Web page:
Mrs. H says her district is tightening its belt as well.

I know we will be - but there are no specifics yet.

Sunday, February 20, 2011

Teachers make too much money

What do you think teachers are worth? Here is a site arguing that teachers get paid only when they are in class and $3 per hour per student.

I could live with that.

The 10% equation

Somehow this class assumes that if they pay attention 10% of the time, they should get As. I have had them ask "How hard is the test - I paid attention for the past 15 minutes."

Isn't that special?

Or they say "How can you ask us to think when you've been spoon feeding us the answers all along?" Seriously. One of them said that.

Or (when I taught about social security this past week and mentioned that the fund is no longer sustainable) one of the little darlings preceded to argue that it ISN'T going broke because his mama and his daddy are paying into it - in fact everyone he knows is paying into it so I am lying. Can't argue with that logic.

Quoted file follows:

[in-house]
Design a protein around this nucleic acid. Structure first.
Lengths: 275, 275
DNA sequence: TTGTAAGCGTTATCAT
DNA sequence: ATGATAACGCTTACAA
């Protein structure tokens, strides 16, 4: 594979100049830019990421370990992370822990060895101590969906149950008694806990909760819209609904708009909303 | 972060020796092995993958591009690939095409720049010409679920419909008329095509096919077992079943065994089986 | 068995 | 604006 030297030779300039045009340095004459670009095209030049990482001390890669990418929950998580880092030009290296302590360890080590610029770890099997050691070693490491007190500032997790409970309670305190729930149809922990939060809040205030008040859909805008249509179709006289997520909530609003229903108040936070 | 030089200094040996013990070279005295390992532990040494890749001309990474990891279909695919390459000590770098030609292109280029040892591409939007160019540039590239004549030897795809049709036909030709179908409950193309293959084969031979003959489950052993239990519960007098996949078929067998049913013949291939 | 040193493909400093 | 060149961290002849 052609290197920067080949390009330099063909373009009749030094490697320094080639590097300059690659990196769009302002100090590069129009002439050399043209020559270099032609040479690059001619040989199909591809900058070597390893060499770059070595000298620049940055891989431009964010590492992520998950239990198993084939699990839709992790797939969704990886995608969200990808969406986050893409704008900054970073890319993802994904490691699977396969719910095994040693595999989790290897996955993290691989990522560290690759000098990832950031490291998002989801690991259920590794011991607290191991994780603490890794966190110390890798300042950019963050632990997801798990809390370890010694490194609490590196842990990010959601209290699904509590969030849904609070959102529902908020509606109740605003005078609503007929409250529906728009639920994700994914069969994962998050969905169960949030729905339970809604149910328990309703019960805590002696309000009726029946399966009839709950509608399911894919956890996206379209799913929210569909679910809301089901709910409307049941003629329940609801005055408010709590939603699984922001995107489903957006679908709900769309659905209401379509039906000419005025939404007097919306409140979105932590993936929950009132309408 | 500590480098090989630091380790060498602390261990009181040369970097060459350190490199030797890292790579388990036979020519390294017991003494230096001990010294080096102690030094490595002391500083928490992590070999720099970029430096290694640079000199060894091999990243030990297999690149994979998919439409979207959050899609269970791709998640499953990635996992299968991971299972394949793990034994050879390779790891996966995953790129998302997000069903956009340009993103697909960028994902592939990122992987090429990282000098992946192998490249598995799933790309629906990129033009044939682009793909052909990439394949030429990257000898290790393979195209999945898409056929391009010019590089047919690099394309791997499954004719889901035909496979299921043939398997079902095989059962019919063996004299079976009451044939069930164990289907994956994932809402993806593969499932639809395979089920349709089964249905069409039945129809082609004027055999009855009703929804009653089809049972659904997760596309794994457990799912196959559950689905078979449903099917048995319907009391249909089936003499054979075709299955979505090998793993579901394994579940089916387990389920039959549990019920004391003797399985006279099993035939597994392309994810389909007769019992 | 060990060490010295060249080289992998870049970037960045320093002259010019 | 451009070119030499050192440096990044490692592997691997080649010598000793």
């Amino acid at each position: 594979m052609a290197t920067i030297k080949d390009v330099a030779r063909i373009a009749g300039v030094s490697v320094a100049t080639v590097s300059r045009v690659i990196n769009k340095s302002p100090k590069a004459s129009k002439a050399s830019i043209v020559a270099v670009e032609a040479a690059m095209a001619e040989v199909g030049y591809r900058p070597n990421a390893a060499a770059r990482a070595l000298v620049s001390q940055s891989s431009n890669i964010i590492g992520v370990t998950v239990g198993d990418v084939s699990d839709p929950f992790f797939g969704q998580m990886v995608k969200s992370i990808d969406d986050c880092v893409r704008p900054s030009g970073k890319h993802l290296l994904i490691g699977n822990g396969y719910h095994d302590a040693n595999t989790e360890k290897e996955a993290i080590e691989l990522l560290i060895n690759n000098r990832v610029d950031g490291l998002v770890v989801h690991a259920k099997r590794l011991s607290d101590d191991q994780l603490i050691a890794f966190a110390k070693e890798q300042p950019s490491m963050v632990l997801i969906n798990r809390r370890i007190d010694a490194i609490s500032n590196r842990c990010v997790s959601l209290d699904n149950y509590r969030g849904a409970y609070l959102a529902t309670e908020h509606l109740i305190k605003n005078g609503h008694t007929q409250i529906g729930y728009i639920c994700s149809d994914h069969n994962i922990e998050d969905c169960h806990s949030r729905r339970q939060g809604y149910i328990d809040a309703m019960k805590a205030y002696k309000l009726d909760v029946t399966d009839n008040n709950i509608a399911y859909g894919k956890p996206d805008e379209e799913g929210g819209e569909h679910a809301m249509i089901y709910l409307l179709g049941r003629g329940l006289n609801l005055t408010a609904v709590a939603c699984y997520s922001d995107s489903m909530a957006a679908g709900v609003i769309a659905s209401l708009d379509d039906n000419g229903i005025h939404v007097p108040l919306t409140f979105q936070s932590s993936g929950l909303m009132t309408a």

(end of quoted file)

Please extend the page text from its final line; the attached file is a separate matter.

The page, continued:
I cannot get them to follow the simple instructions of stop talking, face forward, try. Instead they talk, sleep, put on their makeup. Get pissy when I ask them to work - and then announce that I am a lousy teacher and cannot teach.

I cannot teach them.

I remember one of my classes was like this last semester - but I think this group is worse. And I am not succeeding in anything.

But, then, on the last test the errors were arithmetic. You know, 2 + 5 = 8 kind of thing.

But it's nice how they think they can dictate how I spend my time and my money......